In the quest to rescue Barneys from going bust, ABG has been waiting patiently in the wings, and now it is ready to swoop in with a $270 million bid to save the bankrupt luxury retailer from liquidation.
According to sources, the brand management firm would become the stalking horse bidder with a court auction date set for Oct. 24. Talks between ABG and Barneys are still ongoing, as are discussions with Ashkenazy Acquisition, the landlord of the Barneys flagships on Madison Avenue in Manhattan and in Beverly Hills. One source with some familiarity of the Ashkenazy talks said the landlord has been open to renegotiating the terms of the leases.
Jamie Salter, who heads up ABG, could not be reached for comment.
However, sources familiar with the talks said the plan is to license the Barneys name to Saks Fifth Avenue, and use that as the platform to host Barneys shop-in-shops in a select number of Saks doors. The licensing agreement with Saks also posits the retailer keeping the Barneys website going, another individual said.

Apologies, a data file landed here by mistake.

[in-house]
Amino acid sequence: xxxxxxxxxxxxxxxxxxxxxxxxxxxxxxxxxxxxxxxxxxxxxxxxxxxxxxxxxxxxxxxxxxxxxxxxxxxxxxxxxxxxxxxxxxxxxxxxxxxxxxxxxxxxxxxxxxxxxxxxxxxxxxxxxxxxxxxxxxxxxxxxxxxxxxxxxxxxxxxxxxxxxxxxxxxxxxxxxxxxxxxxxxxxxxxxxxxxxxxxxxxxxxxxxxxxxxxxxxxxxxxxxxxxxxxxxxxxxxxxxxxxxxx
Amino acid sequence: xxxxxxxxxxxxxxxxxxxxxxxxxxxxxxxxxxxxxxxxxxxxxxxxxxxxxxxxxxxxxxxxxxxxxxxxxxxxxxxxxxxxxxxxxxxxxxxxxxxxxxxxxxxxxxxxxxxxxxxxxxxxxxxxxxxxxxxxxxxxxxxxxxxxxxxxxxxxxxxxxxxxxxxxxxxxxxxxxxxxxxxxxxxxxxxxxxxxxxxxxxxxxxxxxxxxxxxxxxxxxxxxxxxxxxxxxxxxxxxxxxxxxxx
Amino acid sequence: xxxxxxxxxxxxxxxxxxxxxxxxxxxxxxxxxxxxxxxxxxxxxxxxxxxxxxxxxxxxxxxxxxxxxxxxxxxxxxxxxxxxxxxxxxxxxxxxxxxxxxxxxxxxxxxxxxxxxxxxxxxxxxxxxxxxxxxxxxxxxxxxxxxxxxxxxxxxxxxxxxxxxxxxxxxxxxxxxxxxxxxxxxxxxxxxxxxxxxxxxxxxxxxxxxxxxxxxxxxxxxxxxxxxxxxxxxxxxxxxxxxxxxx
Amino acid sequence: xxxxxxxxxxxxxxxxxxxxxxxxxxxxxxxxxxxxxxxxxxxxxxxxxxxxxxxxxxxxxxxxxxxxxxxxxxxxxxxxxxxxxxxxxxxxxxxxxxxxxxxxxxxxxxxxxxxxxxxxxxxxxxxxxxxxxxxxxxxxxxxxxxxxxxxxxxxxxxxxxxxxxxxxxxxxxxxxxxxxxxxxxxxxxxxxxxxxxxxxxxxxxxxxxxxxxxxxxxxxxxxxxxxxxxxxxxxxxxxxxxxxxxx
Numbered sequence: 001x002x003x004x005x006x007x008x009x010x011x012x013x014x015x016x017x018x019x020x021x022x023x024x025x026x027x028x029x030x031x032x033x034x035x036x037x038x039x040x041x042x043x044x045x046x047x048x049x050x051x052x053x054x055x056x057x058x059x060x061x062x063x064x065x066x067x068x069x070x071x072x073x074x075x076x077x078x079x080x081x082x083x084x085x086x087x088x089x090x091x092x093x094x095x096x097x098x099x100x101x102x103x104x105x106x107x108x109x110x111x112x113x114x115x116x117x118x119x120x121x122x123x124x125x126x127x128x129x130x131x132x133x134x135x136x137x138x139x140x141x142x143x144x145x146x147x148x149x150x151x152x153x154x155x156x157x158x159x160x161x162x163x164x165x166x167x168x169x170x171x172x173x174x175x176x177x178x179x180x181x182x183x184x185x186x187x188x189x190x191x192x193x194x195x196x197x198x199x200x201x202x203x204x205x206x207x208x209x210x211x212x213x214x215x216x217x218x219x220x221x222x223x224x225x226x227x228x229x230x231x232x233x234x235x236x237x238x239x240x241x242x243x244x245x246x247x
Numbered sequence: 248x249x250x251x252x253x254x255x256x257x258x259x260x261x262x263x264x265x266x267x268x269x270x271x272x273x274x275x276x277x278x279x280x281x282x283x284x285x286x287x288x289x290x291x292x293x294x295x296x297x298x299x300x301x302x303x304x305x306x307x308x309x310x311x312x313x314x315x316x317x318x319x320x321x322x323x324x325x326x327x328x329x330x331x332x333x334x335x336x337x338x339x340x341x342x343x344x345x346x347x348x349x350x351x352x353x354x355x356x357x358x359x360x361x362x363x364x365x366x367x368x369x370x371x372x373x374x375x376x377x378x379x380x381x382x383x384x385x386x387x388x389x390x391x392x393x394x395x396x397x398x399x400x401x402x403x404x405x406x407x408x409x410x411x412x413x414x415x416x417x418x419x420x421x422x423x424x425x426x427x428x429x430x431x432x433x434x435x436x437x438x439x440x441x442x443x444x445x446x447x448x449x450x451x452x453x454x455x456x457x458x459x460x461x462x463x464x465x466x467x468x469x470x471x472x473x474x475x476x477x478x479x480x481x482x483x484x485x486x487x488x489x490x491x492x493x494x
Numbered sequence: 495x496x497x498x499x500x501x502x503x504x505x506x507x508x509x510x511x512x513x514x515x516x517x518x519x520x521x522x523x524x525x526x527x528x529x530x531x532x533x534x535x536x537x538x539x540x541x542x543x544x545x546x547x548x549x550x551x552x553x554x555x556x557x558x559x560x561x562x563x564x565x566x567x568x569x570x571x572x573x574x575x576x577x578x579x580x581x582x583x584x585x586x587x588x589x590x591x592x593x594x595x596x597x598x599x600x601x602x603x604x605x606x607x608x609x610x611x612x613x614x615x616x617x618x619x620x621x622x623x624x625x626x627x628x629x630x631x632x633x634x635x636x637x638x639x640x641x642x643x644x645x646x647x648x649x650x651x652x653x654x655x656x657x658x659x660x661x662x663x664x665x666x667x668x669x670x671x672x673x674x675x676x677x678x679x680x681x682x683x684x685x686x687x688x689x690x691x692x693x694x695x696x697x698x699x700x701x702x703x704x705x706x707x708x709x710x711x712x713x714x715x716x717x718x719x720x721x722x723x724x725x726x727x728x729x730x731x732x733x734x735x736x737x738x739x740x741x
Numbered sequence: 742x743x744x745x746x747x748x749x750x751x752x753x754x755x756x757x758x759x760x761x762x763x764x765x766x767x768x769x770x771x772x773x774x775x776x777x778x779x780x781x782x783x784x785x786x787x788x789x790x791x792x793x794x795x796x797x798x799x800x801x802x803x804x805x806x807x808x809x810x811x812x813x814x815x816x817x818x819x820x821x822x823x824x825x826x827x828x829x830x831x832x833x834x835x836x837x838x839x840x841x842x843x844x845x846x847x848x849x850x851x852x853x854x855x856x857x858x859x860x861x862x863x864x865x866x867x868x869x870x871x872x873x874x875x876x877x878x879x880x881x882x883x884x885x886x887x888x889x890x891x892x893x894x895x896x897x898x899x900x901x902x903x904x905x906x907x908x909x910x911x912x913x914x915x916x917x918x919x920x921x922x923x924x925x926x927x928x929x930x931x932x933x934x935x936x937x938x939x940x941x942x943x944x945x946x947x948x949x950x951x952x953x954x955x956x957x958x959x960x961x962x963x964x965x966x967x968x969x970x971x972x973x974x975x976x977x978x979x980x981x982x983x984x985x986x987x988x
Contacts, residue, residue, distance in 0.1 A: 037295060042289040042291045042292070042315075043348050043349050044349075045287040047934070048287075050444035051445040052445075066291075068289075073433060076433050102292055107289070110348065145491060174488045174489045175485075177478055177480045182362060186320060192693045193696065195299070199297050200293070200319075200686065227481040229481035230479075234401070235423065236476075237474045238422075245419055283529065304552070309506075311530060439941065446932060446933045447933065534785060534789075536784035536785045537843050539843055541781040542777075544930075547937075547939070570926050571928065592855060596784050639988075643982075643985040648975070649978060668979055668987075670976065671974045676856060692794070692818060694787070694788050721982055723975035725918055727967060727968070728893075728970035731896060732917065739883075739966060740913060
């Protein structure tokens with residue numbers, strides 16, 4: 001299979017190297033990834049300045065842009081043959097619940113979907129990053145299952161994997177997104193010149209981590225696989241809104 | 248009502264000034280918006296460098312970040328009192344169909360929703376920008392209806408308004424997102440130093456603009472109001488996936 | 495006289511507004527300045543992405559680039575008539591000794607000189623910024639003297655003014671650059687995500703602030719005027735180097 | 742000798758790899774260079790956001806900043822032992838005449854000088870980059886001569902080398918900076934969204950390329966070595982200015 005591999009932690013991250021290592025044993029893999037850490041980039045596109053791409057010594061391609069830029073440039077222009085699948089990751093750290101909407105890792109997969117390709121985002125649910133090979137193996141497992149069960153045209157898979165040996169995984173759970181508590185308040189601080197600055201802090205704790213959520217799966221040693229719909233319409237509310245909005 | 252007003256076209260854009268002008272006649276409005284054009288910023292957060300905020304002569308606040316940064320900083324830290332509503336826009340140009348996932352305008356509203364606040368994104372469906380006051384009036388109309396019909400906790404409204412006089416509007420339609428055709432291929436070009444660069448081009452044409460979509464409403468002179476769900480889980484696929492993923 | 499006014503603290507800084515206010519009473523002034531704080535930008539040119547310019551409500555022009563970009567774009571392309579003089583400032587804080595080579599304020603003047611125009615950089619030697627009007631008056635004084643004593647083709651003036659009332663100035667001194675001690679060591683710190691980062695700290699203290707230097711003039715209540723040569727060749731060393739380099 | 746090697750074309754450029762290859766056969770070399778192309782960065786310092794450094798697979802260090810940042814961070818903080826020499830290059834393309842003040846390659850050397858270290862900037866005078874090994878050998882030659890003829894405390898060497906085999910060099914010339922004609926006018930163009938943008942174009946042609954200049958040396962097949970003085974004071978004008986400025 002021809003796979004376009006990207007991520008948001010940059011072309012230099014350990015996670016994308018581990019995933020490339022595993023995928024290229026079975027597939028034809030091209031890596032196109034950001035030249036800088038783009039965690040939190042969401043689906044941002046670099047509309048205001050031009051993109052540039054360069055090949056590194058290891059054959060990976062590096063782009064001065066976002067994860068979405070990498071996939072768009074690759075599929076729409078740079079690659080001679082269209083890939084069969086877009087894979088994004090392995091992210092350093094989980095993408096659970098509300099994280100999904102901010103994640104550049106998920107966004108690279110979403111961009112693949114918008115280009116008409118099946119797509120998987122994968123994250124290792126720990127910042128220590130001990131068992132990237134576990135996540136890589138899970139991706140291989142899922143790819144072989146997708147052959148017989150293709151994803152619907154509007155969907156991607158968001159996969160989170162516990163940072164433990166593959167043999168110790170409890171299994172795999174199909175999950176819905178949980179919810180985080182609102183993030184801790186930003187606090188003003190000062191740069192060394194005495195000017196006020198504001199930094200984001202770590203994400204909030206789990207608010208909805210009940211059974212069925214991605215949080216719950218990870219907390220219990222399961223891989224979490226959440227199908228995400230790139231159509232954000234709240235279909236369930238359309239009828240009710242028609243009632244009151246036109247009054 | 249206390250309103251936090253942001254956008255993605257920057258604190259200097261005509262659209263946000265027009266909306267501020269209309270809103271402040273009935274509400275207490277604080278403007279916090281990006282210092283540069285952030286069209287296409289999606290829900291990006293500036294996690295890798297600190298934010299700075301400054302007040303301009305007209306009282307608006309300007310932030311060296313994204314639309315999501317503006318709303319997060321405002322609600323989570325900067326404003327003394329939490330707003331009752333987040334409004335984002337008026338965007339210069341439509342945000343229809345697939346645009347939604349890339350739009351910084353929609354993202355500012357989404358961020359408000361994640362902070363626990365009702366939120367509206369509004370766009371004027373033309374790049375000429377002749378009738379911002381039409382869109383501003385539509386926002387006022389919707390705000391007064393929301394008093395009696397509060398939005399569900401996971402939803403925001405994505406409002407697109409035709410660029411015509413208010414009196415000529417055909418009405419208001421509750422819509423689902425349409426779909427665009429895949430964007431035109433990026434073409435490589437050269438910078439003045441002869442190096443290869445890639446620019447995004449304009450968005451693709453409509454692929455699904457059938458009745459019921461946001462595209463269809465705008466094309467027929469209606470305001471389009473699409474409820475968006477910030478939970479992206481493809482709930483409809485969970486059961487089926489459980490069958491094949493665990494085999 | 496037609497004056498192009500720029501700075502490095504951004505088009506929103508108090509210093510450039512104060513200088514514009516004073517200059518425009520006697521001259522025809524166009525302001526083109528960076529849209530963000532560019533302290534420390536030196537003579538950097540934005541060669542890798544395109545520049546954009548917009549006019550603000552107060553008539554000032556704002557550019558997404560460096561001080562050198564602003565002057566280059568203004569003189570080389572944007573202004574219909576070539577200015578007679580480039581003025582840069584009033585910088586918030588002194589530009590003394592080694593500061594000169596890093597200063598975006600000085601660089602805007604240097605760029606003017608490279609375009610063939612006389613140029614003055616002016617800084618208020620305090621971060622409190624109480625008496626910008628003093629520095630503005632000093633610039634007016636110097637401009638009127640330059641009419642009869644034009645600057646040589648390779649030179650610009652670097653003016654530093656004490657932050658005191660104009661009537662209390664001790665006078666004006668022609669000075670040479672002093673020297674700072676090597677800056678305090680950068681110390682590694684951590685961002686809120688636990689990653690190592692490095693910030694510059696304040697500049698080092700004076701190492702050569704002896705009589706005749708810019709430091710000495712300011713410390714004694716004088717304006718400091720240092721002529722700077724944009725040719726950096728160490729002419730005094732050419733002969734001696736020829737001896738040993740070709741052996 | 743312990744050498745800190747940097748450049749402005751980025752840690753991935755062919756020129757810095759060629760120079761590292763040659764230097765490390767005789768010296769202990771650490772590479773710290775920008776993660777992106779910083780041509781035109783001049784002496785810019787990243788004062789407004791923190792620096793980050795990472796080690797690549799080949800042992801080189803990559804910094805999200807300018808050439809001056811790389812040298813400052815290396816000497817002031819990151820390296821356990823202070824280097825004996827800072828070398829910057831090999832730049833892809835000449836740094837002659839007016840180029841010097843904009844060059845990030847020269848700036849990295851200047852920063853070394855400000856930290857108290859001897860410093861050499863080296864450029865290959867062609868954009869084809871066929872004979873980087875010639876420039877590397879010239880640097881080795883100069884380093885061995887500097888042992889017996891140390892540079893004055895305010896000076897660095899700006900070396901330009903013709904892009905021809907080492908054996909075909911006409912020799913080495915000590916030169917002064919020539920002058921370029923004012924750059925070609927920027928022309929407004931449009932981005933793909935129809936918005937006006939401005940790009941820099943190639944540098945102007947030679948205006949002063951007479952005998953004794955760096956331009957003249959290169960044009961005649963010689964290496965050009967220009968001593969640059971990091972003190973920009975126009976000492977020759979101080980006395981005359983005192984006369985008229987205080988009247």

It wasn’t immediately clear how many standalone stores ABG would keep open if it’s successful in its bid for Barneys. Unprofitable locations would wind down, while the plan is to maintain the doors that turn a profit, with Saks overseeing operations of the remaining store base. Ashkenazy is the landlord for at least two of the profit-generating locations.
Barneys filed for bankruptcy court protection on Aug. 6—its second tour of bankruptcy proceedings—and though word first surfaced in mid-July that the luxury department store was in trouble, the company’s troubles began earlier in the year.
An annual rent hike in January sent Barneys’ Madison Avenue rent to more than $30 million from $16 million after an arbitrator ruled that Ashkenazy could raise the monthly outlay to current market rates.
The luxury chain filed its first Chapter 11 petition in 1996, exited in 1999, and has changed ownership several times over the years.
Fashion trade show mogel and Kith investor Sam Ben-Avraham is believed to have tried to assemble financing for a Barneys bid as well. A Wall Street Journal report, which also first reported on ABG’s bid, said Monday that Ben-Avraham and his consortium couldn’t secure financing in time for Tuesday’s deadline.
Barneys is looking for a deal that’s valued at upwards of $220 million, the required baseline to cover the administrative claims and debt in the bankruptcy case.